A February Evening at the Boston Children’s Museum
On Friday, February 20th, From the Top’s Education team lead its group of young musicians through the snow-banked streets of Boston. This particular Friday evening would be a bit different than others, and not just because of the weather.
Amid the winding, bustling halls of the Boston Children’s Museum, there is a special, large space designed specifically for artistic productions. For the first time, our young musicians would share their music on the KidStage.
Violinist Betsey Kim commented on this special venue.
“The KidStage was great because it was much lower and smaller than conventional stages, which made it much easier to create that special bond between the performers and audience members.”
The audience filled the room to the brim.
There was excitement and enthusiasm everywhere.
17-year-old violinist Yoo Jin Ahn, 16-year-old violinist Corinne Auger, 18-year-old cellist Audrey Chen, 16-year-old violist Betsy Kim, 18-year-old violist Martine Thomas, and 20-year-old pianist Jennifer Tu all came into the hall and took their places.
Jennifer Tu remembers her nervousness and excitement in preparing this special event.
“This was my first performance [with From the Top’s Center for the Development of Arts Leaders], so coming in, I didn’t know what to expect. Preparing for it, the enthusiasm and creativity of the team left me with a lasting impression as we collaborated on putting the program together.
Each musician introduced themselves and their instrument to the audience of children and families.
“The violin is like a box, and the sound comes out through these little holes,” Corinne Auger explained.
“You wouldn’t think that the piano is a string instrument, but it is!” Jennifer Tu said. “Inside the piano, there are several strings with little hammers.”
Yoo Jin Ahn reflects on the structure of the presentation.
“Our team planned the pieces so that a couple of people would perform while the others would sit with the audience. This allowed us to quietly chat with the kids and answer their questions about classical music and instruments.”
In the process of talking to the audience, the arts leaders found that they often had to think on their feet in ways they didn’t anticipate in the planning process.
Betsey reflects on the performing process:
“It’s important to be flexible as a performer. Don’t hesitate to take risks in adjusting your program – changing things up is important!”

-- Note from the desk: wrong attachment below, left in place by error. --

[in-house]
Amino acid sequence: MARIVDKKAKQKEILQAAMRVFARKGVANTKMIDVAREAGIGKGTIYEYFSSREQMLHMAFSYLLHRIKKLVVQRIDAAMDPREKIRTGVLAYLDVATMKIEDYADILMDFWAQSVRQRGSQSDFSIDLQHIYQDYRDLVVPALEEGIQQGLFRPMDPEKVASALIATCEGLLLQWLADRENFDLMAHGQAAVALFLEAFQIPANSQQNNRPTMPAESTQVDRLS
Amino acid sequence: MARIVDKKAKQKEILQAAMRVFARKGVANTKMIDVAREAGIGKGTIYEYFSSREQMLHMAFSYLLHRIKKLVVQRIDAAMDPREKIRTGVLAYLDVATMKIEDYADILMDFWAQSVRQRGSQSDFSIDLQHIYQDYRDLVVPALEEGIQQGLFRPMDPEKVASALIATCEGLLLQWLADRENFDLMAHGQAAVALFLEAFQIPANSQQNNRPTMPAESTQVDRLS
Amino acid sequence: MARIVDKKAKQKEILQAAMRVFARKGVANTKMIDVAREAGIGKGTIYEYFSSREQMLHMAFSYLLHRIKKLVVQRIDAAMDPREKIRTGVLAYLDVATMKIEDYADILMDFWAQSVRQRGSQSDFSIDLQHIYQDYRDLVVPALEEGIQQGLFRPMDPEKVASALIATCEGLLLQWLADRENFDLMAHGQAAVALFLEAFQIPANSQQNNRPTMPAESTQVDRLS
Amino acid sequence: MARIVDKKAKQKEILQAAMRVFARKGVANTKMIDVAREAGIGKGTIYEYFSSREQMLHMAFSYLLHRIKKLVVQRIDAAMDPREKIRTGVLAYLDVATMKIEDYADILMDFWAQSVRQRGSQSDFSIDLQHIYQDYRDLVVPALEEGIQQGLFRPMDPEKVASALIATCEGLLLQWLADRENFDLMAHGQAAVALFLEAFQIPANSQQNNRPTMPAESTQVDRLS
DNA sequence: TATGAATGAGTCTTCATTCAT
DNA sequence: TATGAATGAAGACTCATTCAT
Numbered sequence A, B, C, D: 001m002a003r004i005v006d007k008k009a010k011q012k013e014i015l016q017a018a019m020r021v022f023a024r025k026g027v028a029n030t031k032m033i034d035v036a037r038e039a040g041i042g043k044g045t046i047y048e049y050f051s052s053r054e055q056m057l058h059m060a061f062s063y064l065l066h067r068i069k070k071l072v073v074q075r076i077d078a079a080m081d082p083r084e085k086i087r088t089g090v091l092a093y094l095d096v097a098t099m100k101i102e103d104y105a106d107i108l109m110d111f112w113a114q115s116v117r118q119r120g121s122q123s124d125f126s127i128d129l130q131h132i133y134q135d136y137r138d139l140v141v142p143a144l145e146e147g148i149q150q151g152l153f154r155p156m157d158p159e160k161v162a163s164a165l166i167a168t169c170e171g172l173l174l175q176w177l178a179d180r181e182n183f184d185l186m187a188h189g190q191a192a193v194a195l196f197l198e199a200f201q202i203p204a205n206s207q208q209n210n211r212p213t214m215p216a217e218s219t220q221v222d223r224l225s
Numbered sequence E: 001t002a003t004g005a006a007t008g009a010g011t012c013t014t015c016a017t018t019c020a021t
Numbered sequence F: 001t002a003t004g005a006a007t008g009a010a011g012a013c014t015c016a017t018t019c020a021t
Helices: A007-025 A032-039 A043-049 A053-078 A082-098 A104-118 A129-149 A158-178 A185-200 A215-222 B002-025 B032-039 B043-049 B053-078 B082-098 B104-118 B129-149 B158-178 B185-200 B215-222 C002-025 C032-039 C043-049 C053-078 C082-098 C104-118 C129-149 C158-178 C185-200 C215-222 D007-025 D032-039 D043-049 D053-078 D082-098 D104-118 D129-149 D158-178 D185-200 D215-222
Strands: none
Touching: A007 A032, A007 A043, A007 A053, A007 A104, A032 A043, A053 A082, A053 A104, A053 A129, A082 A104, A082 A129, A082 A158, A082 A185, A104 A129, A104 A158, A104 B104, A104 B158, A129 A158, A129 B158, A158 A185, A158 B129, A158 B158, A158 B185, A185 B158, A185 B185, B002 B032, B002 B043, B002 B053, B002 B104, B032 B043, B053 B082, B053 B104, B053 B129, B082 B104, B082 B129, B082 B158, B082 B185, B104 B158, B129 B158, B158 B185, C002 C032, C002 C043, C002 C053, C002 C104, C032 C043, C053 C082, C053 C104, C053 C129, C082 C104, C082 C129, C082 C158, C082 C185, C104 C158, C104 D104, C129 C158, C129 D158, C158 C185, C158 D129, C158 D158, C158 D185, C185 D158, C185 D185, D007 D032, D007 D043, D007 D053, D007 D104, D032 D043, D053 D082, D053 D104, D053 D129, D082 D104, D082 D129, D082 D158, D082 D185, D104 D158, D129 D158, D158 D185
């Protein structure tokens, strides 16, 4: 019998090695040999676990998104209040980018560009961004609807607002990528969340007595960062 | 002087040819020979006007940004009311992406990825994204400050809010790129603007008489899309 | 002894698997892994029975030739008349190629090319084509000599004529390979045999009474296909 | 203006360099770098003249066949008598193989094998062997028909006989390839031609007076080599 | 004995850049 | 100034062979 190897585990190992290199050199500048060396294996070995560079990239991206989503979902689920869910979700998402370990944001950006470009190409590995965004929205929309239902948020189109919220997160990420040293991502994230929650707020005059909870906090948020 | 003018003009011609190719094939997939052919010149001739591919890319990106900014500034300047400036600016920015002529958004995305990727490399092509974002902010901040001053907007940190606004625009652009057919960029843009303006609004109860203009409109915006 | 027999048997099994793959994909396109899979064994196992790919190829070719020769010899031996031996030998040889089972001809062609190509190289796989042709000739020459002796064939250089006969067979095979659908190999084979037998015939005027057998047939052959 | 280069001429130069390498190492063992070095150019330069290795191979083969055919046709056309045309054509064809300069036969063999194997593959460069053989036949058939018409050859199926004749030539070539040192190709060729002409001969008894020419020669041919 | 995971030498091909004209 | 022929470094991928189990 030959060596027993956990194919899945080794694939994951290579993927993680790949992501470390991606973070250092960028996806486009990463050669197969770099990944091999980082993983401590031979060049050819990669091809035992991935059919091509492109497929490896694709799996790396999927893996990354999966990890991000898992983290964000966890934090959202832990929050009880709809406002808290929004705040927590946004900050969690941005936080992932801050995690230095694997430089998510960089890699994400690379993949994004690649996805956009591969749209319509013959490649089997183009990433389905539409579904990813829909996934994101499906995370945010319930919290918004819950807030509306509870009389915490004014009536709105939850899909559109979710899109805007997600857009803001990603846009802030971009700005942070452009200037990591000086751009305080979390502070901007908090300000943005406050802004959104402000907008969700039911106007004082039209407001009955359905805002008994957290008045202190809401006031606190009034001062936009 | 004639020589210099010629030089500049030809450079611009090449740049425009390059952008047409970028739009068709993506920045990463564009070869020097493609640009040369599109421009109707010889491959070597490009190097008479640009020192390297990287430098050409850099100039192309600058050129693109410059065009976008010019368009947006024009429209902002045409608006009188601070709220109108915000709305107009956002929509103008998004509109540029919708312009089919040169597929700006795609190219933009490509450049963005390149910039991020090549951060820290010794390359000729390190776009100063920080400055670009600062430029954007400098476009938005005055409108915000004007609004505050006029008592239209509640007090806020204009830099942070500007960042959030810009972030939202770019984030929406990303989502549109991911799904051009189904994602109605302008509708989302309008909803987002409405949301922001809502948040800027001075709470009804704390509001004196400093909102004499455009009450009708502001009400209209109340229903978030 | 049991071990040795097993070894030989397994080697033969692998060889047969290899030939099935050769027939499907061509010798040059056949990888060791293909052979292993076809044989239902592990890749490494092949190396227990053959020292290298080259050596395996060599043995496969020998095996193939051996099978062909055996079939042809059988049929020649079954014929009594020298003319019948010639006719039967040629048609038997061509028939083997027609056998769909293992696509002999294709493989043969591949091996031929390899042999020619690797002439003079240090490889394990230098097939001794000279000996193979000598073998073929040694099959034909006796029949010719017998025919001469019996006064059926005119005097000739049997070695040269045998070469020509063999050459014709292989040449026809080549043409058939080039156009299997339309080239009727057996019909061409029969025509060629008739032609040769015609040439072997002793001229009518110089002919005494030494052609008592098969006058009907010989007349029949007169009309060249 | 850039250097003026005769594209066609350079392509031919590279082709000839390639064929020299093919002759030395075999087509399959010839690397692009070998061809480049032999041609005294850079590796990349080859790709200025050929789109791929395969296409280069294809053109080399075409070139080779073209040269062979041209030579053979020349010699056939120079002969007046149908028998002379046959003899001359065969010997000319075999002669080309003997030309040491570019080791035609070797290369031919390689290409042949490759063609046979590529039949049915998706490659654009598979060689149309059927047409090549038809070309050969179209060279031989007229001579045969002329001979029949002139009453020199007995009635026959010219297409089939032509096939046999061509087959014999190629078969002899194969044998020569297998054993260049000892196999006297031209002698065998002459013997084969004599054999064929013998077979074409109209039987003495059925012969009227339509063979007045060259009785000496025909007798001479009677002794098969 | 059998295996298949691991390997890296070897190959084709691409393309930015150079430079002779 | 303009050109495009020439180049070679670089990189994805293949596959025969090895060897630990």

Yoo Jin remembers a few pleasant surprises.
“I came into the performance with many worries about the kids being bored and uninterested. While this did happen in some moments, I was very happy to see how excited and engaged the kids were by the same music I have loved for a long time. This performance has taught me that classical music is still relevant and powerful to all people.”
After the presentations on their instruments, the arts leaders began the performance.
Here is a clip of the string quartet playing Lynne Latham’s arrangement of The Nutcracker Suite by Tchaikovsky.
Audrey Chen then took the stage to perform “Sardana” from the Suite for Cello by Gaspard Cassado. Before performing the whole piece though, she explained what to listen for.
The finale was a highlight for Betsey Kim.
“My favorite moment was singing ‘Let It Go’ with all the kids who volunteered to go on stage.”
A very impressive ensemble resulted for a very popular tune, entirely appropriate for the weather outside.
When the last applause faded and the room cleared, the arts leaders were left to analyze this experience. This would continue well beyond this night.
Betsy Kim discusses on the biggest surprises the experience gave her.
“I was pleasantly surprised by how receptive and enthusiastic the kids were about the music.”
Jennifer Tu says:
“Being able to connect with people through music is a gift that keeps on giving, building memories upon memories with people of all different ages and backgrounds.”
Yoo Jin Ahn shares her feelings on the human connection she achieved through classical music.
“The best part about the performance was the little interactive moments we had with the kids. I know realistically that the kids would not remember all the pieces and technical terms we shared, but I hope that they will be able to recall the friendships we made and connect those positive emotions to classical music. My biggest takeaway was the fact that classical music is relatable.”
After introducing young children to music in such a fun way (and many for the very first time!), we can’t wait to go back to the Boston Children’s Museum. No amount of snow will keep us away!
From the Top’s Center for the Development of Arts Leaders (CDAL) in Boston would like to thank the Boston Children’s Museum for this wonderful partnership, and for giving our young musicians such a fantastic leadership opportunity. To find out more about the museum, visit their website. To find out more about CDAL, click here.